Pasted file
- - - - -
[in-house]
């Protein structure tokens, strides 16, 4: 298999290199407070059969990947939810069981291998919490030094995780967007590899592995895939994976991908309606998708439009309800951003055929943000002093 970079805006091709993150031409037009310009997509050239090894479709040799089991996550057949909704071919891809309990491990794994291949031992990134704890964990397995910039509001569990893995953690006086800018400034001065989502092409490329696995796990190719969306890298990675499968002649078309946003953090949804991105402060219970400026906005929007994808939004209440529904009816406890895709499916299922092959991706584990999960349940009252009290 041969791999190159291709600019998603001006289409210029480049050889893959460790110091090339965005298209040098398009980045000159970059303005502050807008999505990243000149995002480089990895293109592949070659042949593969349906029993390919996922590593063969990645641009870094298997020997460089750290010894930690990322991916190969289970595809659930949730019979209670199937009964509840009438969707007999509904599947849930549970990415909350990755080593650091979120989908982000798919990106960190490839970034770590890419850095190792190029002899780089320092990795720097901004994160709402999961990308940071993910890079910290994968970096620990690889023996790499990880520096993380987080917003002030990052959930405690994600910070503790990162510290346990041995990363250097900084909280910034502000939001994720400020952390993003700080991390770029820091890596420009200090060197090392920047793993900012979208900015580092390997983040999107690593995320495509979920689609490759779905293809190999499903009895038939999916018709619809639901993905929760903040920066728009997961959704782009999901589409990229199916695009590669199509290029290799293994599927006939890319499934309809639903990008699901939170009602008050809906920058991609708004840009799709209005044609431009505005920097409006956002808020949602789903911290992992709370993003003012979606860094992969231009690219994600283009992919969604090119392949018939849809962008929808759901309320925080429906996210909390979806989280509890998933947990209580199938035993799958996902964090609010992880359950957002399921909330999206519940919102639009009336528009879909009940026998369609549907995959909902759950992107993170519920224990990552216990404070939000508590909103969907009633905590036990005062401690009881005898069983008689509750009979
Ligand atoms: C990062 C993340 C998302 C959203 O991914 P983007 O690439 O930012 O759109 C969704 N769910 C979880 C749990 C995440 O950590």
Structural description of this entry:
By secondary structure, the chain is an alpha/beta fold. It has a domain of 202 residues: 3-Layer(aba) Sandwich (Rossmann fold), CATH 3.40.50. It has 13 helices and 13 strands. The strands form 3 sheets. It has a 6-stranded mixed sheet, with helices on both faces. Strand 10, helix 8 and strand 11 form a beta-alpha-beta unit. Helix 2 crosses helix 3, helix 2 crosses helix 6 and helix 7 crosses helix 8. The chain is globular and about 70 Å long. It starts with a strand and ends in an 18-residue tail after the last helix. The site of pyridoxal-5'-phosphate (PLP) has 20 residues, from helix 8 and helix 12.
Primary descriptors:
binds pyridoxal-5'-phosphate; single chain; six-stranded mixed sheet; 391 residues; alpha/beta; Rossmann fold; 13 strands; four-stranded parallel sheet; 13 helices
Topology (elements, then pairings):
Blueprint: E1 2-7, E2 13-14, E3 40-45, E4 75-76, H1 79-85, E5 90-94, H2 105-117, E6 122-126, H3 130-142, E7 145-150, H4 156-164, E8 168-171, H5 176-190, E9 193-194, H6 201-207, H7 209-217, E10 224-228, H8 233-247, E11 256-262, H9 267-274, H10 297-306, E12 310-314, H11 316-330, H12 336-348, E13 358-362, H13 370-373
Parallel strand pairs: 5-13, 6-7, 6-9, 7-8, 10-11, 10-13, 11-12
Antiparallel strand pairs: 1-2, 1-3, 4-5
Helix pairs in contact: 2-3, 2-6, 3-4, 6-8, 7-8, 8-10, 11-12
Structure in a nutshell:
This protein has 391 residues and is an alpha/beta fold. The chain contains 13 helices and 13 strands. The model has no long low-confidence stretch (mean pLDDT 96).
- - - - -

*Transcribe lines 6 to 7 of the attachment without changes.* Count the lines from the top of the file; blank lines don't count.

Primary descriptors:
binds pyridoxal-5'-phosphate; single chain; six-stranded mixed sheet; 391 residues; alpha/beta; Rossmann fold; 13 strands; four-stranded parallel sheet; 13 helices